To get the gain, suf­fer the pain

The Galloway News - - GALLOW@Y VIEW - Stephen T Davie Rose Cot­tage Dalry

Sir – Mr Cliff Robert­son ob­vi­ously does not un­der­stand the sit­u­a­tion here in the Glenkens.

There is a large sec­tion of the com­mu­nity who do not want any more wind­farms to be built re­gard­less of the “com­pen­sa­tion” or “bribe” (de­pend­ing on one’s point of view) be­cause they are ru­in­ing the beau­ti­ful vis­ual amenity of the area.

Those who do want them can­not de­cide amongst them­selves who should ad­min­is­ter this money. The Glenkens and District Trust, which should have been the im­par­tial ad­min­is­tra­tor of the funds, seems to be un­able to be im­par­tial, so much so that Blue En­ergy, who built Black­craig wind­farm, set up their own oper­a­tion to de­cide where the money should go.

But now, even this seems to be in jeop­ardy, as they have sold the wind­farm on and there is cer­tainly no guar­an­tee that the new own­ers will pay any­thing.

Those of us who are against more tur­bines find our­selves hav­ing to ac­cept this “gain” (if any) as com­pen­sa­tion for 25 years of dis­rup­tion to the pop­u­la­tion and tourism in the area.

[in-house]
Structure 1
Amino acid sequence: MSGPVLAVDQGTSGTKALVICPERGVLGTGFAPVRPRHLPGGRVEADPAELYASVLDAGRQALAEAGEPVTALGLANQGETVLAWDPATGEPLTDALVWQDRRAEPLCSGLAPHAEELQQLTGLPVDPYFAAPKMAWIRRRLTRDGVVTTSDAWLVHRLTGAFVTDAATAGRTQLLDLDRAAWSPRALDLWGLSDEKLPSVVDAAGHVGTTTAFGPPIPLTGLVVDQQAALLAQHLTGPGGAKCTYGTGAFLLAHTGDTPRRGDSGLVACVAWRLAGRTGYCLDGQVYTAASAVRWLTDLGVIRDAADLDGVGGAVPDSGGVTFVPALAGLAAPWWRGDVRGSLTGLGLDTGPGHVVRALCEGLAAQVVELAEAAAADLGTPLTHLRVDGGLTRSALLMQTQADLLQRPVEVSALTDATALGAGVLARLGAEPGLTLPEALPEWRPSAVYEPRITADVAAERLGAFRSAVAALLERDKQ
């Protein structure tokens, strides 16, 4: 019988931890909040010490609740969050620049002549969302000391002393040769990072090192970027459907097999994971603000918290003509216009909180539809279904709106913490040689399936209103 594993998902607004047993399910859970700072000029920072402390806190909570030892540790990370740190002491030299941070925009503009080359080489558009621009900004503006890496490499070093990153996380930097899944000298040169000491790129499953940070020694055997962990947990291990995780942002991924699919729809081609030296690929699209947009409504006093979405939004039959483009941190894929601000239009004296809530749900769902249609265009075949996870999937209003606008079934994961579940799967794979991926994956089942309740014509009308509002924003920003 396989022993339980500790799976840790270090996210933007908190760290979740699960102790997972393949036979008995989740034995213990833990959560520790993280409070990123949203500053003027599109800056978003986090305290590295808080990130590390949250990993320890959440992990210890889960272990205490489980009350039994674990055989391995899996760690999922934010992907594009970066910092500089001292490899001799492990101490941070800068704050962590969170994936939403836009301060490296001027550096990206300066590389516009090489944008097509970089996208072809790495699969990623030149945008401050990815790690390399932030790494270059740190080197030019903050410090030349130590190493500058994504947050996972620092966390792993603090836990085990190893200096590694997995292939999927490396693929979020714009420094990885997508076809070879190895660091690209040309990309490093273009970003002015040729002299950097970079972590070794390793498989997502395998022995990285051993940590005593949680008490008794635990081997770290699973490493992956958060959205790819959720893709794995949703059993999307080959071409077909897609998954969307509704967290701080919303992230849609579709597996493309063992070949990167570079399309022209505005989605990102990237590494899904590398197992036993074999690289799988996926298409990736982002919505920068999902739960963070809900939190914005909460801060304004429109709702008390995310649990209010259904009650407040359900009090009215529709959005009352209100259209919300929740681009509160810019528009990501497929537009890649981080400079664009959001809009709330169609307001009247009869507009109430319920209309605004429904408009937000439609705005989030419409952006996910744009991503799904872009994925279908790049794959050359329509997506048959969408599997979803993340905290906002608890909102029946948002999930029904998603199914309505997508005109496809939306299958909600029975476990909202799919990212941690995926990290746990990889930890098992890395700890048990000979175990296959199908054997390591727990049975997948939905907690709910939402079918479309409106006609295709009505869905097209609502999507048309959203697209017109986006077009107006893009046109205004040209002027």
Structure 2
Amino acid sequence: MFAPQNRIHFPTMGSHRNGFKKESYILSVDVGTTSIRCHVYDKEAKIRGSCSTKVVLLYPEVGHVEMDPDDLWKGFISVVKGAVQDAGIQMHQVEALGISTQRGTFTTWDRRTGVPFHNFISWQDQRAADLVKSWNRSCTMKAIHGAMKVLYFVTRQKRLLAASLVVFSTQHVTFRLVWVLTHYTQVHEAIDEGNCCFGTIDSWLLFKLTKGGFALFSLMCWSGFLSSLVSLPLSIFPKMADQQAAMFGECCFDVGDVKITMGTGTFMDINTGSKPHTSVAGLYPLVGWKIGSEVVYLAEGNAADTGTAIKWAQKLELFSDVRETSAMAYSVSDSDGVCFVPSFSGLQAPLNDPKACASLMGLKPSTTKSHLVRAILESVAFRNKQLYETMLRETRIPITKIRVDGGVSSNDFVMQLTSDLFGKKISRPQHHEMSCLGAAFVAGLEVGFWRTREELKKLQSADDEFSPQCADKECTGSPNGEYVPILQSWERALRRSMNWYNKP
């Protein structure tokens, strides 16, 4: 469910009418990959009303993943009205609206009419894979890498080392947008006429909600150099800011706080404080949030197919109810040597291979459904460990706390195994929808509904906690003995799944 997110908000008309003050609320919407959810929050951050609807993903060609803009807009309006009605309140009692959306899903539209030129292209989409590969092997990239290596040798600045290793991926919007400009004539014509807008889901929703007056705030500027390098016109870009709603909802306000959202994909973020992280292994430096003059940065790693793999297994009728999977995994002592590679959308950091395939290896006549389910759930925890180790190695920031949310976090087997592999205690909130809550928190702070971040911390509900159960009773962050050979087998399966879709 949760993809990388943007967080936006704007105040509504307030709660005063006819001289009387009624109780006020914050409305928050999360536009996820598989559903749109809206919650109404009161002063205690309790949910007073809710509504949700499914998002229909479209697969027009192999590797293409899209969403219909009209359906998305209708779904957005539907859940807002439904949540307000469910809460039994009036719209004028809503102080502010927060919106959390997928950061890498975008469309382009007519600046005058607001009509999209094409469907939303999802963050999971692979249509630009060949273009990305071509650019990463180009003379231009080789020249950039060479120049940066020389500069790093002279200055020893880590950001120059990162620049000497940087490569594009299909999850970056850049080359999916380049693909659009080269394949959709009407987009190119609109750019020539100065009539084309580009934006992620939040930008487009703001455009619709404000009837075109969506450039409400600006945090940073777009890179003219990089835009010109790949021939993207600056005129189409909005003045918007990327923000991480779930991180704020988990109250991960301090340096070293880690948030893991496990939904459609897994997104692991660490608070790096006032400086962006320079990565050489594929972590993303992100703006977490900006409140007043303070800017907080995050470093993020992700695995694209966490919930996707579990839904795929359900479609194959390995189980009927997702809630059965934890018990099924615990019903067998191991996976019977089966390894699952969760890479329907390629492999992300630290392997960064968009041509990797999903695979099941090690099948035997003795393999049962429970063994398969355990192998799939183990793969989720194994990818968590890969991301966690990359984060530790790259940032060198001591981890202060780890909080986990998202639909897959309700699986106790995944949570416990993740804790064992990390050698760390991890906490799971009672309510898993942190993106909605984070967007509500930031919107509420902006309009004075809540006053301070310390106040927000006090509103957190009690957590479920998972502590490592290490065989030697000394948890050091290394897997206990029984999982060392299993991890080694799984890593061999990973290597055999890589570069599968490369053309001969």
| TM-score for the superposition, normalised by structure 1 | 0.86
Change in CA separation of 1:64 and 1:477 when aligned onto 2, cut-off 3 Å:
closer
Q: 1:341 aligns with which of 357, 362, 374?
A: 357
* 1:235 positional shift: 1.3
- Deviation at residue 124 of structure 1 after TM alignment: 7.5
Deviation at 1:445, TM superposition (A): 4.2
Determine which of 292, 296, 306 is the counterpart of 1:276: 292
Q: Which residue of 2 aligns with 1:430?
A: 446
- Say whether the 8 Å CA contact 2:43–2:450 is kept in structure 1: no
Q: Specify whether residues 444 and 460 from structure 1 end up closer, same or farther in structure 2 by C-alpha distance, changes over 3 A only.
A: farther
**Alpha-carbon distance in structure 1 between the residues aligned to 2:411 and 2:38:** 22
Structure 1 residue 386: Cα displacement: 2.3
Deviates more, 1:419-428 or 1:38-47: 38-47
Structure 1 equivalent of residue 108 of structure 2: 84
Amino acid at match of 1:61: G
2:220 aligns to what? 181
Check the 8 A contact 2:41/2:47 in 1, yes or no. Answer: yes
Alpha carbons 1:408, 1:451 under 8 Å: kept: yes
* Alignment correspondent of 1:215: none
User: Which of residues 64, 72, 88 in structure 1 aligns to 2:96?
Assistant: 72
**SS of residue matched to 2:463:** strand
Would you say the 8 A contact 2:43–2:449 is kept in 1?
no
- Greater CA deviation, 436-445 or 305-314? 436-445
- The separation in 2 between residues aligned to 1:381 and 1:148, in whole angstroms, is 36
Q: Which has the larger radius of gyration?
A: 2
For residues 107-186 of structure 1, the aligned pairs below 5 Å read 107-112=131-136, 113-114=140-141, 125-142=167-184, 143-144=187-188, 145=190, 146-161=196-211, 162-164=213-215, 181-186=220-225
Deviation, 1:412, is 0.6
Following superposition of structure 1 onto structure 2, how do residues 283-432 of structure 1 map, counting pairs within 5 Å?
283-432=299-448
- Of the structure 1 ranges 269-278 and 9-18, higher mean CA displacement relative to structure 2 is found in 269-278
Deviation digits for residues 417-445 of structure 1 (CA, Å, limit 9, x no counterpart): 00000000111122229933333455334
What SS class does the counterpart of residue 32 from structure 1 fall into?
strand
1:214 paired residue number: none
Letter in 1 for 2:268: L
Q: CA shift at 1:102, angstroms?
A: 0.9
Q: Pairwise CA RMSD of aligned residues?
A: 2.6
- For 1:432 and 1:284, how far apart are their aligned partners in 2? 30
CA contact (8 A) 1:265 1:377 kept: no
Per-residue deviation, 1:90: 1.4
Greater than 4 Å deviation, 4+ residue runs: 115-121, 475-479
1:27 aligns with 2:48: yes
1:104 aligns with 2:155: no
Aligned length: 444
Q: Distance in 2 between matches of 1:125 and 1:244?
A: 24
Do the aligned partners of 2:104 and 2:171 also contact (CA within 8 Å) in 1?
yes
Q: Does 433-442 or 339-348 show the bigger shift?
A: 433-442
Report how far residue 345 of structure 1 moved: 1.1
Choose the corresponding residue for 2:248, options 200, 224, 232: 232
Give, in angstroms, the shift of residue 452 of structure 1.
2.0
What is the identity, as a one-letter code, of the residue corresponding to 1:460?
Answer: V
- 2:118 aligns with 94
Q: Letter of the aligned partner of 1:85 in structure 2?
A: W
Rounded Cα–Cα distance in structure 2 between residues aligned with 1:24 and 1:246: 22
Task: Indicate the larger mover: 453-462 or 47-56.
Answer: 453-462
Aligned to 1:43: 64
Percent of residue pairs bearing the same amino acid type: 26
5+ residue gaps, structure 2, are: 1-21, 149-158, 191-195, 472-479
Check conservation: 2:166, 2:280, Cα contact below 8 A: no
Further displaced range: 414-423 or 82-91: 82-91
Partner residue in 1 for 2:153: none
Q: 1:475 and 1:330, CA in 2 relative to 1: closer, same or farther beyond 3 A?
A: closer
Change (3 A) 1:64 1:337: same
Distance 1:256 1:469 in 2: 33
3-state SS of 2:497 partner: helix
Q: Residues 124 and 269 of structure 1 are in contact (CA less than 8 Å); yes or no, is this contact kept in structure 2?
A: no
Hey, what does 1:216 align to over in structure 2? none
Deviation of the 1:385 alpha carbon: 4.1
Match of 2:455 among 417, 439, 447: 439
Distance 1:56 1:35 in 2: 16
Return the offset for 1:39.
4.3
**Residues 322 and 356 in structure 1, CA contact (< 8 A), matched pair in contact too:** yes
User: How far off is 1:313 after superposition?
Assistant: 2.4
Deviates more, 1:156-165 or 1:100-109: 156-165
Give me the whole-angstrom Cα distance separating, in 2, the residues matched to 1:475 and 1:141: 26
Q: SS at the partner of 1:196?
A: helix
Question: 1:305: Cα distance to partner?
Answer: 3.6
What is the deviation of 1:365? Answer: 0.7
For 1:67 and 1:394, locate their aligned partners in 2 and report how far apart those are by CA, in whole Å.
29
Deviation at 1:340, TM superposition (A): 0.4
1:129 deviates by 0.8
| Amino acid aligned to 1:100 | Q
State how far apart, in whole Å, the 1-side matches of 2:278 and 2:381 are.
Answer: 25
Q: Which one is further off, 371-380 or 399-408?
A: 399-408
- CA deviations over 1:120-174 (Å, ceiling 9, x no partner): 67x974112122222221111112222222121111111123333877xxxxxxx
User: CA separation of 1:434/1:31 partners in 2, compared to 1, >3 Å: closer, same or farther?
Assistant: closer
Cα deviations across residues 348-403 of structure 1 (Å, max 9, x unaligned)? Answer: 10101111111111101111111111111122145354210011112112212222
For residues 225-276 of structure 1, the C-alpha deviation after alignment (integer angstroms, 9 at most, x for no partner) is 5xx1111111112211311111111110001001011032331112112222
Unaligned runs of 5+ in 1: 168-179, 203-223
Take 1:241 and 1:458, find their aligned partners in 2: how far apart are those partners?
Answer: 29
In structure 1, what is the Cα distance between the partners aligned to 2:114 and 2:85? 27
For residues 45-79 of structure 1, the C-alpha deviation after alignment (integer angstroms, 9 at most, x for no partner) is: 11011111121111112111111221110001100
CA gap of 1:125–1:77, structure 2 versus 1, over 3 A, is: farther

Some res­i­dents are al­ready threat­en­ing to leave if the de­vel­op­ments con­tinue, which is com­pletely op­po­site to re­sult that was hoped for when the coun­cil, in its wis­dom, tried (and suc­ceeded) to bring peo­ple in by re­lax­ing the plan­ning re­stric­tions for build­ing in the coun­try­side some years ago.

Where we are now is that if all the presently pro­posed wind­farms are al­lowed, there will be a 20-mile wall of tur­bines from near Dalmelling­ton to Black­craig.

Since there is no plan­ning strategy for this, de­vel­op­ers can treat each scheme in iso­la­tion so that their lit­er­a­ture to an out­sider comes across as very rea­son­able. One wind­farm might per­haps be wel­comed, though I per­son­ally be­lieve they should all be placed off­shore where their vis­ual im­pact is min­imised.

The very lat­est pro­posal is for three more schemes of tur­bines (one scheme has been re­duced – cyn­i­cally – from 15 tur­bines to 14) which will be 149.5 me­tres tall. This is taller than the Great Pyra­mid of Giza in Egypt (which is 146 me­tres).

In ad­di­tion, what many peo­ple miss is that dur­ing the con­struc­tion phase, many thou­sands of tons of con­crete have to be man­u­fac­tured for the bases (how green is that?), many tons of stone and gravel have to be trans­ported over many miles on very in­ad­e­quate roads (how green is that?) and the re­sult is that the very small coun­try roads have to be up­graded in or­der to trans­port mas­sive com­po­nents to very in­ac­ces­si­ble places (how green is that?).

It is true that our plan­ners and the coun­cil­lors do some­times re­ject ap­pli­ca­tions for var­i­ous rea­sons and re­cently we have seen this hap­pen.

How­ever, of­ten on ap­peal to the Scot­tish Gov­ern­ment the de­vel­op­ers are al­lowed to pro­ceed, the de­ci­sion to over-rule the lo­cal demo­cratic de­ci­sion be­ing made by one man in Ed­in­burgh. What has hap­pened to our demo­cratic sys­tem of gov­ern­ment?

To sum up, Mr Robert­son, if you want the gain then you have to suf­fer the pain, I’m afraid.

Newspapers in English

Newspapers from UK

© PressReader. All rights reserved.